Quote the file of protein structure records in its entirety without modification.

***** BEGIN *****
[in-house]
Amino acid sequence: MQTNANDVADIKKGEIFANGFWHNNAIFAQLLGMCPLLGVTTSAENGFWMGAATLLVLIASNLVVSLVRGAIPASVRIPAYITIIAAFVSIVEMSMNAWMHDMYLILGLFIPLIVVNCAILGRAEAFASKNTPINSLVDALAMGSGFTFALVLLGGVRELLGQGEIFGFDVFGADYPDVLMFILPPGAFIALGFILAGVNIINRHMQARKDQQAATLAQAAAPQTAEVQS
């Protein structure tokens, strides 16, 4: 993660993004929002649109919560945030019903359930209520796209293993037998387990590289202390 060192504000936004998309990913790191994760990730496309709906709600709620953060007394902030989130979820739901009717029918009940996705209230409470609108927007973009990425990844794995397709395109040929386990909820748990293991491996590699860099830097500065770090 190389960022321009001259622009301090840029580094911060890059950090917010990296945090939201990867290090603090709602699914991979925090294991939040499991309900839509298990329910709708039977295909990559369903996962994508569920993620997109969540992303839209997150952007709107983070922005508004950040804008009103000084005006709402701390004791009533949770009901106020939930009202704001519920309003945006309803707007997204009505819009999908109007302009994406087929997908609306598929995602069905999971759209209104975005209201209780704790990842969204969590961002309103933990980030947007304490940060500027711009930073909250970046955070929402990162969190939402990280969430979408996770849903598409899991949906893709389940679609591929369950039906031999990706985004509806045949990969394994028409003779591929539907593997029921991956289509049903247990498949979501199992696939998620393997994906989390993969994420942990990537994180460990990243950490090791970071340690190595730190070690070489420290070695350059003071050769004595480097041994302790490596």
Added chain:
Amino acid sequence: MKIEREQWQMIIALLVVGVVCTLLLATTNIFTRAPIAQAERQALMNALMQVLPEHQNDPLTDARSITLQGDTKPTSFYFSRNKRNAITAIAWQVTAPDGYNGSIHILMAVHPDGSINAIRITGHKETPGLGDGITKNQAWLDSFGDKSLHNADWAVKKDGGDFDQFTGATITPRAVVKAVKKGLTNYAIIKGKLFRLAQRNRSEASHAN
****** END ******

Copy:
[in-house]
Amino acid sequence: MQTNANDVADIKKGEIFANGFWHNNAIFAQLLGMCPLLGVTTSAENGFWMGAATLLVLIASNLVVSLVRGAIPASVRIPAYITIIAAFVSIVEMSMNAWMHDMYLILGLFIPLIVVNCAILGRAEAFASKNTPINSLVDALAMGSGFTFALVLLGGVRELLGQGEIFGFDVFGADYPDVLMFILPPGAFIALGFILAGVNIINRHMQARKDQQAATLAQAAAPQTAEVQS
């Protein structure tokens, strides 16, 4: 993660993004929002649109919560945030019903359930209520796209293993037998387990590289202390 060192504000936004998309990913790191994760990730496309709906709600709620953060007394902030989130979820739901009717029918009940996705209230409470609108927007973009990425990844794995397709395109040929386990909820748990293991491996590699860099830097500065770090 190389960022321009001259622009301090840029580094911060890059950090917010990296945090939201990867290090603090709602699914991979925090294991939040499991309900839509298990329910709708039977295909990559369903996962994508569920993620997109969540992303839209997150952007709107983070922005508004950040804008009103000084005006709402701390004791009533949770009901106020939930009202704001519920309003945006309803707007997204009505819009999908109007302009994406087929997908609306598929995602069905999971759209209104975005209201209780704790990842969204969590961002309103933990980030947007304490940060500027711009930073909250970046955070929402990162969190939402990280969430979408996770849903598409899991949906893709389940679609591929369950039906031999990706985004509806045949990969394994028409003779591929539907593997029921991956289509049903247990498949979501199992696939998620393997994906989390993969994420942990990537994180460990990243950490090791970071340690190595730190070690070489420290070695350059003071050769004595480097041994302790490596």
Added chain:
Amino acid sequence: MKIEREQWQMIIALLVVGVVCTLLLATTNIFTRAPIAQAERQALMNALMQVLPEHQNDPLTDARSITLQGDTKPTSFYFSRNKRNAITAIAWQVTAPDGYNGSIHILMAVHPDGSINAIRITGHKETPGLGDGITKNQAWLDSFGDKSLHNADWAVKKDGGDFDQFTGATITPRAVVKAVKKGLTNYAIIKGKLFRLAQRNRSEASHAN